There is substantial innovation in this area with new products and technologies being introduced all the time. Once again, success implementing and using these different systems requires an integrated approach like the Balanced Performance Model. Population Health Technology Layer The final enterprise architecture layer is the technology layer – the underlying IT capabilities to support population health applications. This layer has very similar requirements to EHRs as described in that course module including: Servers Desktop Mobile devices Networks Storage Database Telecom Operating Systems Again, the textbook provides more information on Page 643. Like EHRs, the technical infrastructure for population health has been greatly impacted by the transformation to cloud-based, Software as a Service (SaaS) systems and the use of virtualization. This infrastructure also needs to provide interoperability capabilities as data is gathered and integrated from multiple sources. So new standards like FHIR are highly valuable to success. The performance requirements for population health applications and infrastructure are defined in a similar fashion as EHRs. But at this time population health tools often do not need to run in real-time but are used on a periodic basis to manage population segments and define care protocols. Therefore, the performance requirements especially for availability might be less stringent. Personal Health Records & Patient Portals Personal Health Records (PHRs) and Patient Portals are both methods for patients—consumers—to get access to their personal health information (PHI). In the U.S., consumers have the legal right to access their medical information and Federal regulations also encourage online patient access to PHI.The core concept behind this type of access is that consumers will use their PHI to better manage their health and their healthcare. This improvement can occur through more knowledge on the part of consumers, better communication with providers and other caregivers (like family members), and better coordination of care. Both PHRs and Patient Portals can also integrate PHI and other healthcare data from multiple sources. The growth in mHealth capabilities and devices (described in that section) is also enabling consumer use of health information by allowing easy and mobile collection and access to PHI and other healthcare information. So an individual’s PHI from an EHR can be combined with data from an mHealth device (for example, automatic recording of daily blood pressure readings), with daily living records (how much I exercised each day and how much did I eat) and with personal observations ("How did I feel today?"). The result can be a powerful tool to help individuals manage their health and work Module 6 ...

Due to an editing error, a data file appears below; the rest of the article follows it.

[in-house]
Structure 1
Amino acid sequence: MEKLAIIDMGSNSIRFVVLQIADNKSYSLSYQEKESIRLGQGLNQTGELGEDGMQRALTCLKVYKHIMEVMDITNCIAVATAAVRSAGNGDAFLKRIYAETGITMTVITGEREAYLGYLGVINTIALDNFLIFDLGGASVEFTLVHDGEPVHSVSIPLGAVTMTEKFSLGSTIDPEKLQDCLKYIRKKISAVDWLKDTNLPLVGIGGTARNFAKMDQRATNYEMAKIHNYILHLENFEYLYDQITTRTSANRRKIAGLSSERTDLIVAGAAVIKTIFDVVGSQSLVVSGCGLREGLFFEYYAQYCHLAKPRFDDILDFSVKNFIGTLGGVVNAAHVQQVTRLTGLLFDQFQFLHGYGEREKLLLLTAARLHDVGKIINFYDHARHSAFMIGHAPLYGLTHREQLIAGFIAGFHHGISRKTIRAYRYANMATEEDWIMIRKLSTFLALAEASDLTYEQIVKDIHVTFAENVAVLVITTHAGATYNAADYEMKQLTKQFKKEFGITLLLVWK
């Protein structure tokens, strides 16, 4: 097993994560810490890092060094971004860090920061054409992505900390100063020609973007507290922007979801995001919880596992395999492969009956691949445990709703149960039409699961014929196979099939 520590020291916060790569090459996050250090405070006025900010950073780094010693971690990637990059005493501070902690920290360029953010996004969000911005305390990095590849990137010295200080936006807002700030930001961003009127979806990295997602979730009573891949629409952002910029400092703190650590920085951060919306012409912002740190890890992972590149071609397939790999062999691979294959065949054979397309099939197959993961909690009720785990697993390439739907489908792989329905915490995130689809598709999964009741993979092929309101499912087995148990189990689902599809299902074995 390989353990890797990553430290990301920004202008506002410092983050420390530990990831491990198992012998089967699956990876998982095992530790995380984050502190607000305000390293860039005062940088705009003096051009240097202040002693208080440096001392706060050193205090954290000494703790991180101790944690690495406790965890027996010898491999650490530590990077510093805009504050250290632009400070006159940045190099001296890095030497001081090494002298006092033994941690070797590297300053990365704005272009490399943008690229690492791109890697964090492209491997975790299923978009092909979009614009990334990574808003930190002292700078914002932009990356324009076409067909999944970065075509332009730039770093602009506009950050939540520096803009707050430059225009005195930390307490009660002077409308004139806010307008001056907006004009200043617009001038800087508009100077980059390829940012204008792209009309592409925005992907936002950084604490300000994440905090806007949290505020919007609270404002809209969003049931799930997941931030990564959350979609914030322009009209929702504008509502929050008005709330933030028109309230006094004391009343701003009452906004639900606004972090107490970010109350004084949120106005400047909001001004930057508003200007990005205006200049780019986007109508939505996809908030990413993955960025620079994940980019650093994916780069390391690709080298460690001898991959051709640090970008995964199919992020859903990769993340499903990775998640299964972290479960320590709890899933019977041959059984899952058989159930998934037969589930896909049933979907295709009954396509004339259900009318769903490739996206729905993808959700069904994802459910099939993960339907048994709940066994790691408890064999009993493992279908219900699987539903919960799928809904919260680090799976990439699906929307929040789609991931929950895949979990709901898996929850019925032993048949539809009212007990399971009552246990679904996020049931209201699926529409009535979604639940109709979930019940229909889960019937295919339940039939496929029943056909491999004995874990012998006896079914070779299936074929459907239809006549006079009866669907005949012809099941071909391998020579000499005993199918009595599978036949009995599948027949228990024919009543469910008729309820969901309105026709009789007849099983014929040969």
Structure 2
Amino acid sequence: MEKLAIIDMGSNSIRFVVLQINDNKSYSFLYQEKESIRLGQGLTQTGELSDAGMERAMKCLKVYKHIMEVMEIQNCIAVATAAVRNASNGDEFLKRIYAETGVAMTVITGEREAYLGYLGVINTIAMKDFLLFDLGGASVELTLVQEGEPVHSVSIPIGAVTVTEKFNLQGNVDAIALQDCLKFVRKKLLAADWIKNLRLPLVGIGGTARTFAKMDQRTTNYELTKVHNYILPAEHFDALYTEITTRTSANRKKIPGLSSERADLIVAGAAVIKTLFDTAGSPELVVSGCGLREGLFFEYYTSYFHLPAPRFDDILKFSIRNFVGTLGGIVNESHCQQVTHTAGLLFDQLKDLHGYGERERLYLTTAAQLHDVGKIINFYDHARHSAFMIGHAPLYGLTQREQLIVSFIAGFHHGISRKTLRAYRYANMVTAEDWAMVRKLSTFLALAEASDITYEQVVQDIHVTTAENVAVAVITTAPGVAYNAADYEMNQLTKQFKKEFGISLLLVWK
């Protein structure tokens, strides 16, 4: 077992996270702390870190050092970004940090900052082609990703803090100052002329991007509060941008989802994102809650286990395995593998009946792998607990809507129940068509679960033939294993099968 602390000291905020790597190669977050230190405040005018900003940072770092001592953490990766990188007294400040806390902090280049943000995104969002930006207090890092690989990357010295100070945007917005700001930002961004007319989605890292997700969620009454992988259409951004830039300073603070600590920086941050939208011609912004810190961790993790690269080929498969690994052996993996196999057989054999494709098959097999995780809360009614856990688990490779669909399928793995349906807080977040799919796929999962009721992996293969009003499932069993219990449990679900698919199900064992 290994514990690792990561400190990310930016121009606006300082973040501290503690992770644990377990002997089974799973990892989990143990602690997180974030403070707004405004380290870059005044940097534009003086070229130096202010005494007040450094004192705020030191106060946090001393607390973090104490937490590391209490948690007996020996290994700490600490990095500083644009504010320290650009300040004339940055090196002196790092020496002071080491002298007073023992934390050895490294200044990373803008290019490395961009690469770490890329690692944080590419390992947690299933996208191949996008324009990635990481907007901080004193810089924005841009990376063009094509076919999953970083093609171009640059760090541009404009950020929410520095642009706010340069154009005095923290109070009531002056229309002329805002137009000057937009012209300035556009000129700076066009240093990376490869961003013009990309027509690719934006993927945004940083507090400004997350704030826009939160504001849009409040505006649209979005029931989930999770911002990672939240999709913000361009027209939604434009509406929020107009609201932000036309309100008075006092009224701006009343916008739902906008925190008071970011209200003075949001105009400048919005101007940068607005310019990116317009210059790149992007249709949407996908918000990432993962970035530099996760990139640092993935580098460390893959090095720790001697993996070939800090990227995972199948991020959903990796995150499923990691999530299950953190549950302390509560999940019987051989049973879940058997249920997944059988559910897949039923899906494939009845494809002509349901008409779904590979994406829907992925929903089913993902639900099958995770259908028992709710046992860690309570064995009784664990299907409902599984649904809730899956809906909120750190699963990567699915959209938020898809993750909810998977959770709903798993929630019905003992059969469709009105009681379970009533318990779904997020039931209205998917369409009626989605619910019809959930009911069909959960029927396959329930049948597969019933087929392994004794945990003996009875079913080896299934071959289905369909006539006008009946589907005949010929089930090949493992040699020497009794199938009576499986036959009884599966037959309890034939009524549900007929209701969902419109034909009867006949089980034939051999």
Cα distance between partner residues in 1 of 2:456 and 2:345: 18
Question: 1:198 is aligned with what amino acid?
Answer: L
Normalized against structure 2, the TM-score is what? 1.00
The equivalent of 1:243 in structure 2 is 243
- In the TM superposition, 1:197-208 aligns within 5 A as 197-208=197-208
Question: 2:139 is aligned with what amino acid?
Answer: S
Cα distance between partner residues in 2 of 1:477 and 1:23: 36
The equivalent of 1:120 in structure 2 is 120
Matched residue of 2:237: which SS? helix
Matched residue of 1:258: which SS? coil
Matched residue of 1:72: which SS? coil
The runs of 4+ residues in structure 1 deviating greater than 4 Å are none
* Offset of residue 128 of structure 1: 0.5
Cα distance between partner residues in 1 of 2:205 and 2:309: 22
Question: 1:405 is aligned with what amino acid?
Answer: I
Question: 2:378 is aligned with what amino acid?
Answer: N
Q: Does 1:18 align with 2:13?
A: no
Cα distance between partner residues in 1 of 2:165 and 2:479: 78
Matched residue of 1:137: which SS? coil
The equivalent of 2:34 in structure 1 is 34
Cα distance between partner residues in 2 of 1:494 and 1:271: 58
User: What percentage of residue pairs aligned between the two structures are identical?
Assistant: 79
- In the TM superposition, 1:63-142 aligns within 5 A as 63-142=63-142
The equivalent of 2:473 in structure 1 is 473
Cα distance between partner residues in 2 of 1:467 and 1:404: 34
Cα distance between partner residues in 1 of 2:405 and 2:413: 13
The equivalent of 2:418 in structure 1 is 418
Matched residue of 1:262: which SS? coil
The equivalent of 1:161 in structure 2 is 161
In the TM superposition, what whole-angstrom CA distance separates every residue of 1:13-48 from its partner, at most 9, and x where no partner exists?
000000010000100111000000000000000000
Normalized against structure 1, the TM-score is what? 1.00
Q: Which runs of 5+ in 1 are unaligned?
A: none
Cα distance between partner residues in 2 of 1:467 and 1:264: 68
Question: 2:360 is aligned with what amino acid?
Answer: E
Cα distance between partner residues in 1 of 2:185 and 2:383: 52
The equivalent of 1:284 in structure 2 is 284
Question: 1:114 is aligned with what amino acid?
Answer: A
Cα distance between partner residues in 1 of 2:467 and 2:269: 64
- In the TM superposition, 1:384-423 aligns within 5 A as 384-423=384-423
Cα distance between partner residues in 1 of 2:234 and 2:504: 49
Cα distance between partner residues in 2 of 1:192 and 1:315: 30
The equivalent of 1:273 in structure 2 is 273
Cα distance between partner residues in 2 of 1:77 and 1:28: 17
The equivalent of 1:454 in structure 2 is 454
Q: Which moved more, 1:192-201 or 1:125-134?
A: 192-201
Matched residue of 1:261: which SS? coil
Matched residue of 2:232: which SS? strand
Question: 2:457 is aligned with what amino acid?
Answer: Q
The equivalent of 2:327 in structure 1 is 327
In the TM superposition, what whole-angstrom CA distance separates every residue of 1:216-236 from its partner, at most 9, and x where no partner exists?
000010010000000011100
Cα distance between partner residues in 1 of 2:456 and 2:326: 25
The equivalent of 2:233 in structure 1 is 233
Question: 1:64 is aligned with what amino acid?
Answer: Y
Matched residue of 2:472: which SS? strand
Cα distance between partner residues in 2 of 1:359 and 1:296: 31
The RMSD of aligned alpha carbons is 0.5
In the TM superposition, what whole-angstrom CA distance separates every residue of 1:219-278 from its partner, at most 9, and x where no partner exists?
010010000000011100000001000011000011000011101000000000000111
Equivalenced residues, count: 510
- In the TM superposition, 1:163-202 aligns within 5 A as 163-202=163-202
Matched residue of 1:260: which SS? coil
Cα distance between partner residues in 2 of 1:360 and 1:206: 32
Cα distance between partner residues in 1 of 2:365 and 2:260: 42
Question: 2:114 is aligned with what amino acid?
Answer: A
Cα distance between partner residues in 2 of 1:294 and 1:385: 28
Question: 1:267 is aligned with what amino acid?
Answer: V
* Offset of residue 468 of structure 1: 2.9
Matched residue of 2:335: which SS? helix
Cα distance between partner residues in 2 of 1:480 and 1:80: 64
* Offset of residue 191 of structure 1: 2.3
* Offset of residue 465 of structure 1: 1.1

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- Spring '19
- Health care provider, Electronic health record, Personal health record